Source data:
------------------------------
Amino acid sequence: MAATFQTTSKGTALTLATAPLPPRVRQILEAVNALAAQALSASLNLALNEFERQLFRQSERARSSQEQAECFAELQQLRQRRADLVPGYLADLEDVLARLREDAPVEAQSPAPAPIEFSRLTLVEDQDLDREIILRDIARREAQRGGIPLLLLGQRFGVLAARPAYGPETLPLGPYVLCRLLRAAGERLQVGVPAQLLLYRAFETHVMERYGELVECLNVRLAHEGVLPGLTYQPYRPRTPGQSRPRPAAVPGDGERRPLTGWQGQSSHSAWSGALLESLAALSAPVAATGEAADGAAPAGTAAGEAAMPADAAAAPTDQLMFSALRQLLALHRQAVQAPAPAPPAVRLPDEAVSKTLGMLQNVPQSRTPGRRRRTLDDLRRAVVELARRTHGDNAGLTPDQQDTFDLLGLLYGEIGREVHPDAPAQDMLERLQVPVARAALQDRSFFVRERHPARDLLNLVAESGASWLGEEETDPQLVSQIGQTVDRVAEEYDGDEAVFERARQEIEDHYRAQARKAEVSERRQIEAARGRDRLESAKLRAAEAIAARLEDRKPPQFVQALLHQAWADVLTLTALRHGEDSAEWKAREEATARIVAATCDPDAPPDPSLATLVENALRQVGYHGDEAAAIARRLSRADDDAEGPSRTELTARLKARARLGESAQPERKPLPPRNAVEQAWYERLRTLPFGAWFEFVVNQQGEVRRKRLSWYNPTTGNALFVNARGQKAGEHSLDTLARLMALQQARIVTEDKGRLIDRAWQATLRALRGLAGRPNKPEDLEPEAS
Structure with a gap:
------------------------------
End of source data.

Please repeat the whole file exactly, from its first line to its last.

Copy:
Amino acid sequence: MAATFQTTSKGTALTLATAPLPPRVRQILEAVNALAAQALSASLNLALNEFERQLFRQSERARSSQEQAECFAELQQLRQRRADLVPGYLADLEDVLARLREDAPVEAQSPAPAPIEFSRLTLVEDQDLDREIILRDIARREAQRGGIPLLLLGQRFGVLAARPAYGPETLPLGPYVLCRLLRAAGERLQVGVPAQLLLYRAFETHVMERYGELVECLNVRLAHEGVLPGLTYQPYRPRTPGQSRPRPAAVPGDGERRPLTGWQGQSSHSAWSGALLESLAALSAPVAATGEAADGAAPAGTAAGEAAMPADAAAAPTDQLMFSALRQLLALHRQAVQAPAPAPPAVRLPDEAVSKTLGMLQNVPQSRTPGRRRRTLDDLRRAVVELARRTHGDNAGLTPDQQDTFDLLGLLYGEIGREVHPDAPAQDMLERLQVPVARAALQDRSFFVRERHPARDLLNLVAESGASWLGEEETDPQLVSQIGQTVDRVAEEYDGDEAVFERARQEIEDHYRAQARKAEVSERRQIEAARGRDRLESAKLRAAEAIAARLEDRKPPQFVQALLHQAWADVLTLTALRHGEDSAEWKAREEATARIVAATCDPDAPPDPSLATLVENALRQVGYHGDEAAAIARRLSRADDDAEGPSRTELTARLKARARLGESAQPERKPLPPRNAVEQAWYERLRTLPFGAWFEFVVNQQGEVRRKRLSWYNPTTGNALFVNARGQKAGEHSLDTLARLMALQQARIVTEDKGRLIDRAWQATLRALRGLAGRPNKPEDLEPEAS
Structure with a gap: